Blaxland Riverside Park and Playground Has the Wow Factor

  • Family

By: Amanda Lieber, ellaslist explorer

“WOW! This place is HUGE!” seriously, we all gasped when we saw the vast space and the selection of endless play opportunities surrounded by purple and green hills of astroturf. There are several play areas spread out across one massive space. We had to explore all the different areas before settling down at one spot.


The Play Areas

It’s like a Teletubbies land, with silver funnels sticking up on the green hills. There are hidden slides, where you can jump in from on top of the hill, travel through and pop out into another section of play area. There’s also a long orange tunnel which has you crawling through the hill, so much fun!

There is a massive spinning satellite dish (not for the faint-hearted) and are three metal slides – be warned they will get hot in summer. You can practise climbing skills on the suspended ropes and then enjoy a scooter or cycle along the pathways.

If that isn’t enough, there is a viking swing and a double flying fox. There is one shaded area with climbing ropes towards the back of the park (near the kiosk).


Our Favourite Area

The Water Play: It was a hot morning, so this was the obvious spot to head to first. It’s a flat area surrounded by raised slopes of astroturf. The water starts spraying from 10am-4pm. It doesn’t flow continuously but spurts out at random then stops for a few minutes. There is no particular pattern that we could figure out.

It is quite funny to watch the children wandering around staring down at the various spouts, tapping them with their feet and wondering where the water has gone. They get bored and mooch about a bit disappointed by the lack of water, then all of a sudden it bubbles to life. The sprinklers burst open and water pours out to the delightful shrieks and laughter of the children as they all come flooding back to the water area.


The Climbing Fort

Next to the water play is a large wooden climbing fort. There is an enclosed rope bridge and a few hidden cubby areas, great for imaginative play. To climb the fort, you have to pull yourself up the 90 degree steps, it’s aimed at those with great upper body strength. I managed to heave myself up to get a few birds-eye view photos. It would have been nice to slide down, but no, I had to use my core strength and balancing abilities to descend.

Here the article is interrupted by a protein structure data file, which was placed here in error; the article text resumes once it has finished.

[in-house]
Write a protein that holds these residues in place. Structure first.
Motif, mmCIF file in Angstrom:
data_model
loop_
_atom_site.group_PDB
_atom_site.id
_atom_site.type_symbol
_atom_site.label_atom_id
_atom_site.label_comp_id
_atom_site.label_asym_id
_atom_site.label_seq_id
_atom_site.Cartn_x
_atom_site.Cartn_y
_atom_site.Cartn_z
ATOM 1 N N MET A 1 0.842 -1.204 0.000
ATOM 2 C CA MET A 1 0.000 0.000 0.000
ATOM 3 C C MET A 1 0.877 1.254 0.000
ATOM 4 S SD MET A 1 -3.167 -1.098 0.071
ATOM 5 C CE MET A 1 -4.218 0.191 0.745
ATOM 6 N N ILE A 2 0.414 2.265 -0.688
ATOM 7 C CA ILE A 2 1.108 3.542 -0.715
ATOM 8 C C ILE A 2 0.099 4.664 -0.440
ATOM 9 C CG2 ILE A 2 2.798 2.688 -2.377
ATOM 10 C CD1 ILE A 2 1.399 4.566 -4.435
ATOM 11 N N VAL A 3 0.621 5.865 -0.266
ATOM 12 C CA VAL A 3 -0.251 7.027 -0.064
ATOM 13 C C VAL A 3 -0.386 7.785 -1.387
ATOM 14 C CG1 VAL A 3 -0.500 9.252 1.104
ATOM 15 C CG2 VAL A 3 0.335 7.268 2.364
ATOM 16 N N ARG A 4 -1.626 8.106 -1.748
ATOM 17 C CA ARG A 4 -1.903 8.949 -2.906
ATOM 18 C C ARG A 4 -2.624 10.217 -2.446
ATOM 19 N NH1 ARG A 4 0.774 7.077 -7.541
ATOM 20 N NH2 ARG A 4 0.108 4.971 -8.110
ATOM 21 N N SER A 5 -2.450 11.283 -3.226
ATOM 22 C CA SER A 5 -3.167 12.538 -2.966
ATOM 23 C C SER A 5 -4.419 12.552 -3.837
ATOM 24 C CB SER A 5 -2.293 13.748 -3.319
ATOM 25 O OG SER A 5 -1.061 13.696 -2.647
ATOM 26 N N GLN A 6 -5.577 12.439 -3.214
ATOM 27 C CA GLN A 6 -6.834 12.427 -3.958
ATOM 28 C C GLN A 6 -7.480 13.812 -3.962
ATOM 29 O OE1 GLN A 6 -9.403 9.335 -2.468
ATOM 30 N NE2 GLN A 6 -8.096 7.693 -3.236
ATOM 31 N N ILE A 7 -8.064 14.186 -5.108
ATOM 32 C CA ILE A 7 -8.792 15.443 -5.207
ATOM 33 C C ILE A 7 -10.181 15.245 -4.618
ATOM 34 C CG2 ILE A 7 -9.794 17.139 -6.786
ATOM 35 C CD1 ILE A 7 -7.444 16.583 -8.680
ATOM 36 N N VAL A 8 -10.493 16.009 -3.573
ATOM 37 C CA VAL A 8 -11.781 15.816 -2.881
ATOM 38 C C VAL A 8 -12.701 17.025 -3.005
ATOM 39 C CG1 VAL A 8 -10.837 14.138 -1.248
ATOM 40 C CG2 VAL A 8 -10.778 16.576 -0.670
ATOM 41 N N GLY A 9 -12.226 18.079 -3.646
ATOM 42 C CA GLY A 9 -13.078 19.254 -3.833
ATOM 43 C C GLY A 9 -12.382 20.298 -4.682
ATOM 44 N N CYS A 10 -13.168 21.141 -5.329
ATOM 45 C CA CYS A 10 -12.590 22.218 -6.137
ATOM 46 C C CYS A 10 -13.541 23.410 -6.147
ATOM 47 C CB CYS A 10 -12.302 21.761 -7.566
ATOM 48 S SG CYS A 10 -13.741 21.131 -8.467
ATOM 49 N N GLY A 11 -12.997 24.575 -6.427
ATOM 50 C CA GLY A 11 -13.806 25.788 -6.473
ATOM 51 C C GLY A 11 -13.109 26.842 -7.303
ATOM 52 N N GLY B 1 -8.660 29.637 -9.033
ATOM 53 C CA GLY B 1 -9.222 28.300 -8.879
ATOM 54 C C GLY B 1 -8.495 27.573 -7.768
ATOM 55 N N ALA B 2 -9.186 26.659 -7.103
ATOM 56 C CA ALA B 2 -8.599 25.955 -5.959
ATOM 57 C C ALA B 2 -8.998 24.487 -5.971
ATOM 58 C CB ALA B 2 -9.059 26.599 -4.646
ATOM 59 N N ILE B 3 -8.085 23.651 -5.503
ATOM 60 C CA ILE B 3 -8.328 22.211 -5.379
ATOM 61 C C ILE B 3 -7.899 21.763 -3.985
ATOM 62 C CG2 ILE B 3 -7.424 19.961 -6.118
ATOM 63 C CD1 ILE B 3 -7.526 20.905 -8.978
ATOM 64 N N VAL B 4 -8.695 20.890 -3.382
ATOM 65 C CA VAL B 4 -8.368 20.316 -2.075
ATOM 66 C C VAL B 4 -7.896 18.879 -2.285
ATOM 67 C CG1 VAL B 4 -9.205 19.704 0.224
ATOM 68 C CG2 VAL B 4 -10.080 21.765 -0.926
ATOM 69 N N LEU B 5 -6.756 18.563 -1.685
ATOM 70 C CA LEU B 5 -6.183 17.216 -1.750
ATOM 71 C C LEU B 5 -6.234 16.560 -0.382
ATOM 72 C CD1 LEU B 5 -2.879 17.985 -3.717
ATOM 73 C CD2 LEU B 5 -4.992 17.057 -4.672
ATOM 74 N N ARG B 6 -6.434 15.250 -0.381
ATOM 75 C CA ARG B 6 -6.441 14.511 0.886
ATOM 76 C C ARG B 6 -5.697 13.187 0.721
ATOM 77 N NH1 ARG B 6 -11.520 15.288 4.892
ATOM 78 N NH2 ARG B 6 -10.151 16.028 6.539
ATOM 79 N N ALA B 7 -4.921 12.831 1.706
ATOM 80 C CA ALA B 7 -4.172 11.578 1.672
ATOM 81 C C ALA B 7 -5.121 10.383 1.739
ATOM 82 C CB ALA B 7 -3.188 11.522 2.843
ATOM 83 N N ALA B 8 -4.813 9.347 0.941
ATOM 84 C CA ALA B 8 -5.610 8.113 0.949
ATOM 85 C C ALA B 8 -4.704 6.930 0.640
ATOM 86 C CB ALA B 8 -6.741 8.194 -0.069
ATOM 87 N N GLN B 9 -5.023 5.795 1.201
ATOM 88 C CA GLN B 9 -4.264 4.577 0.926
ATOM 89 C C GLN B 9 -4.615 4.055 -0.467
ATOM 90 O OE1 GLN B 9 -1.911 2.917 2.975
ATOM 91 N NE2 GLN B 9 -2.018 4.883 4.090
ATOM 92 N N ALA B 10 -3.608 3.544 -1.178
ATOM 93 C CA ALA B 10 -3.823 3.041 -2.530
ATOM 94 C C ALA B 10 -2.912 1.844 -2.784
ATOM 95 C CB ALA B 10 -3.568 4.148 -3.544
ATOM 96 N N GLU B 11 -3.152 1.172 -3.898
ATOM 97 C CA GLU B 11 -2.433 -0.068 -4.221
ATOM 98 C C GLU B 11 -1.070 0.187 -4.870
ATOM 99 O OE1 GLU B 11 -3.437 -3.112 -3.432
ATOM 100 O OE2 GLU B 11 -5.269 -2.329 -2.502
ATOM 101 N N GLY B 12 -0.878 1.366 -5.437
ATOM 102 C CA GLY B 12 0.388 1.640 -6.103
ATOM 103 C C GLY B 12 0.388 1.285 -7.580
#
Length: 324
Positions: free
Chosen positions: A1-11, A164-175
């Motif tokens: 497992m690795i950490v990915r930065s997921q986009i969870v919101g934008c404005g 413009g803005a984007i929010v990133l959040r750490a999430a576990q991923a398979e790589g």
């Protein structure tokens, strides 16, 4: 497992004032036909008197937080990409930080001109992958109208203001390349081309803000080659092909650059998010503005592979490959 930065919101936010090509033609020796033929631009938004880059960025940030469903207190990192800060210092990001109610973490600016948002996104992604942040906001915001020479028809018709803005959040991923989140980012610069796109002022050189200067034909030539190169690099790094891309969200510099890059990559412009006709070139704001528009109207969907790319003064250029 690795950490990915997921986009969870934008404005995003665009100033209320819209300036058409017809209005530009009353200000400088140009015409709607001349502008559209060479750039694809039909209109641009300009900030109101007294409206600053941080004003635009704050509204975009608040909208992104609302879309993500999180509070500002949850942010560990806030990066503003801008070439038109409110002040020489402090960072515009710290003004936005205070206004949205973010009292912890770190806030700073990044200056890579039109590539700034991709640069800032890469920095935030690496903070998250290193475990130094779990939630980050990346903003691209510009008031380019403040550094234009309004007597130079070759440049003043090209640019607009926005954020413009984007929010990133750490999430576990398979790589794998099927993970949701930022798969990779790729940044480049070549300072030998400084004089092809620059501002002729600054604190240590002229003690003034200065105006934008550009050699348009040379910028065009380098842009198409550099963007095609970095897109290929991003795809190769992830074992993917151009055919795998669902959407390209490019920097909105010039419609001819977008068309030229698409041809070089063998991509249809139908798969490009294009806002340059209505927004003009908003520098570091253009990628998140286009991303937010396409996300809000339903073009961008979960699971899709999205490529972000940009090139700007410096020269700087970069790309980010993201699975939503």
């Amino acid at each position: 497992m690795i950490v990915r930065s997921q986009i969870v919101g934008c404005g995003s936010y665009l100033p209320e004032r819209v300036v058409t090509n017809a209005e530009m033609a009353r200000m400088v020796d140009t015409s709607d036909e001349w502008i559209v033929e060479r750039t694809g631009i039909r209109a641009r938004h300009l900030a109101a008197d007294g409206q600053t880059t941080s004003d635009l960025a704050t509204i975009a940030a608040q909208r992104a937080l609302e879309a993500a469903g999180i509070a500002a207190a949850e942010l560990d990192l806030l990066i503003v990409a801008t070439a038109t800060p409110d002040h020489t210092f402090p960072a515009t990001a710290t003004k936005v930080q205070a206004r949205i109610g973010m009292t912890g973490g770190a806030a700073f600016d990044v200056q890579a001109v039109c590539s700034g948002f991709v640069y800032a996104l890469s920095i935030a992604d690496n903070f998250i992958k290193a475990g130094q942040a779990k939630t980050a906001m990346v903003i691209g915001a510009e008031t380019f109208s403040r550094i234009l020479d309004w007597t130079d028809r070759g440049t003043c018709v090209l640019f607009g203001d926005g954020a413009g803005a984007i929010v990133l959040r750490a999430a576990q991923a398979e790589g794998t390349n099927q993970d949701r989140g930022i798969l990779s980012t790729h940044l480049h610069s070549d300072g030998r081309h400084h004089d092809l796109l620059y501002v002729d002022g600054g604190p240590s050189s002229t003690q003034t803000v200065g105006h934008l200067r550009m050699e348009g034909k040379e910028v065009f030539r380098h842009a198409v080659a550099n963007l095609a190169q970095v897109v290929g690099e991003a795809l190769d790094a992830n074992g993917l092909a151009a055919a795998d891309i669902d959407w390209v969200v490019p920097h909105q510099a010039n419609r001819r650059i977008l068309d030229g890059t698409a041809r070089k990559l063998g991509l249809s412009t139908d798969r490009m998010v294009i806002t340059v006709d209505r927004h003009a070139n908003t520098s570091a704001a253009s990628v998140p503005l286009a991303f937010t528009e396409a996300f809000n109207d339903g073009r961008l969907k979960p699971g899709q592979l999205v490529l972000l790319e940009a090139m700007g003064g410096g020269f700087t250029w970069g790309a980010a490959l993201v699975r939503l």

Child’s Favourite: The spinning satellite dish
Mum’s Favourite: The view from the fort/treehouse
Dad’s Favourite: The bike hire option
Most Funny Moment: Dad went into the water play area and all of a sudden the water sprang to life: resulting in him having his second shower of the day

Our Top Tips

• It gets very hot. Take hats, long sleeves and sunblock
• There are water stations to refill your water bottles
• Keep a close eye on you little ones, especially as it gets quite busy as the day progresses. We got there about 9.45 am and it was already filling up



Other Things to Note

There is no shade over most of the play equipment, however, there is ample shade dotted around the park by the means of permanent umbrellas and trees. It seems to be a popular spot for birthday parties and family gatherings. There were people claiming umbrellas and setting up to secure their spots of shade and wheeling in trolley loads of food and drinks for the day.

Best Way To See The Park

If you want to see the whole park and you are feeling up to it, you can hire a bike. They have mountain bikes, hybrid, small bicycles, bikes with child carriers, tandem and tricycles. Rates for one hour are from $10/$15 and you can hire in hourly slots or for the full day.


In a Nutshell

Nearest cafe: There is a small kiosk which sells pre-made salads, wraps, baguettes ($10.00), coffee/drinks, snacks including muffins, gingerbread men and a few other treats, all at reasonable prices. The kiosk also sells swimming nappies which have to be worn in the water area if your child is not toilet trained. The kiosk is open: Monday –Friday 10am-4pm, Weekends 9am-5pm, School/Public Holidays 9.30-4.30. If the weather is bad, it’s closed.
Toilets: Behind the kiosk is a water filling station and two toilets with a change table in each. The toilets are a little lacklustre – they could do with a fresh paint or possibly a fun mural to liven them up!
Shade: There are loads of umbrellas for shade, as well as trees which offer shade in the morning.
Enclosed: The park is large, sprawling and all of the areas flow into each other, but it isn’t fenced off, so always keep an eye on your little ones.
Parking: There are two parking lots, a smaller one closer to the play areas and a slightly larger one a little further away. I was told from a local mum that it gets very busy and you might not find a spot. We recommend heading to the park in the morning if you can.
Public transport: The park is located at Sydney Olympic Park which has its own train station. From Central it’s roughly a 25 minute journey.
Best feature: Most definitely the water play area! But be warned, if you are not prepared to get wet, do not enter the water area at all, even if you think there is no water coming out- it will suddenly spray… to the hysterical laughter of all watching.


What You Need to Know

Address: 1 Jamieson St, Silverwater NSW
More info: Check out the website
Hours: Sunrise to sunset everyday. Water play 10am-4pm. Bike hire is 9am–4pm.

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